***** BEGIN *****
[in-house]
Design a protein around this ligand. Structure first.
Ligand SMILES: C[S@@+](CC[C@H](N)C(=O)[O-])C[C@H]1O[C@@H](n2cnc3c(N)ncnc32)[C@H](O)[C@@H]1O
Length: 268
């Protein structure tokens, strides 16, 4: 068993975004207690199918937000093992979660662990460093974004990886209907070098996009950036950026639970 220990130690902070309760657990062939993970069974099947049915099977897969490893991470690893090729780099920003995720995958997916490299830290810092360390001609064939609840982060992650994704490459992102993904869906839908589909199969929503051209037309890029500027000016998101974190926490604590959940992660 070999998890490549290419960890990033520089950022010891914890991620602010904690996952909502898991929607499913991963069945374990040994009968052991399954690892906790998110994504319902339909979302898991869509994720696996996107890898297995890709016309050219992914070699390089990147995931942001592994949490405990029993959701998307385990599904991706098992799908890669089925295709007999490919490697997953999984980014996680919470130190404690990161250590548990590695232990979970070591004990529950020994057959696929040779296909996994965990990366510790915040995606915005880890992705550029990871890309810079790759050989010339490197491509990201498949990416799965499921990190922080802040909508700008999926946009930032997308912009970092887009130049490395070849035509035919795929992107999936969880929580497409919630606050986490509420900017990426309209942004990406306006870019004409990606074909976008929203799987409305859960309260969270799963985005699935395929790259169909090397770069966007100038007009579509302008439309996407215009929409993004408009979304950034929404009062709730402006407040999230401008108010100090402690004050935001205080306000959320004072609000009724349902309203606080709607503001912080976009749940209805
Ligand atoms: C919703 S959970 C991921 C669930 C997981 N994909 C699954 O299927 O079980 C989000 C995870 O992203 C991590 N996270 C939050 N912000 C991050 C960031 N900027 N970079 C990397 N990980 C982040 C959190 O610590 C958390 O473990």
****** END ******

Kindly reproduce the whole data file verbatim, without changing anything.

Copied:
[in-house]
Design a protein around this ligand. Structure first.
Ligand SMILES: C[S@@+](CC[C@H](N)C(=O)[O-])C[C@H]1O[C@@H](n2cnc3c(N)ncnc32)[C@H](O)[C@@H]1O
Length: 268
């Protein structure tokens, strides 16, 4: 068993975004207690199918937000093992979660662990460093974004990886209907070098996009950036950026639970 220990130690902070309760657990062939993970069974099947049915099977897969490893991470690893090729780099920003995720995958997916490299830290810092360390001609064939609840982060992650994704490459992102993904869906839908589909199969929503051209037309890029500027000016998101974190926490604590959940992660 070999998890490549290419960890990033520089950022010891914890991620602010904690996952909502898991929607499913991963069945374990040994009968052991399954690892906790998110994504319902339909979302898991869509994720696996996107890898297995890709016309050219992914070699390089990147995931942001592994949490405990029993959701998307385990599904991706098992799908890669089925295709007999490919490697997953999984980014996680919470130190404690990161250590548990590695232990979970070591004990529950020994057959696929040779296909996994965990990366510790915040995606915005880890992705550029990871890309810079790759050989010339490197491509990201498949990416799965499921990190922080802040909508700008999926946009930032997308912009970092887009130049490395070849035509035919795929992107999936969880929580497409919630606050986490509420900017990426309209942004990406306006870019004409990606074909976008929203799987409305859960309260969270799963985005699935395929790259169909090397770069966007100038007009579509302008439309996407215009929409993004408009979304950034929404009062709730402006407040999230401008108010100090402690004050935001205080306000959320004072609000009724349902309203606080709607503001912080976009749940209805
Ligand atoms: C919703 S959970 C991921 C669930 C997981 N994909 C699954 O299927 O079980 C989000 C995870 O992203 C991590 N996270 C939050 N912000 C991050 C960031 N900027 N970079 C990397 N990980 C982040 C959190 O610590 C958390 O473990």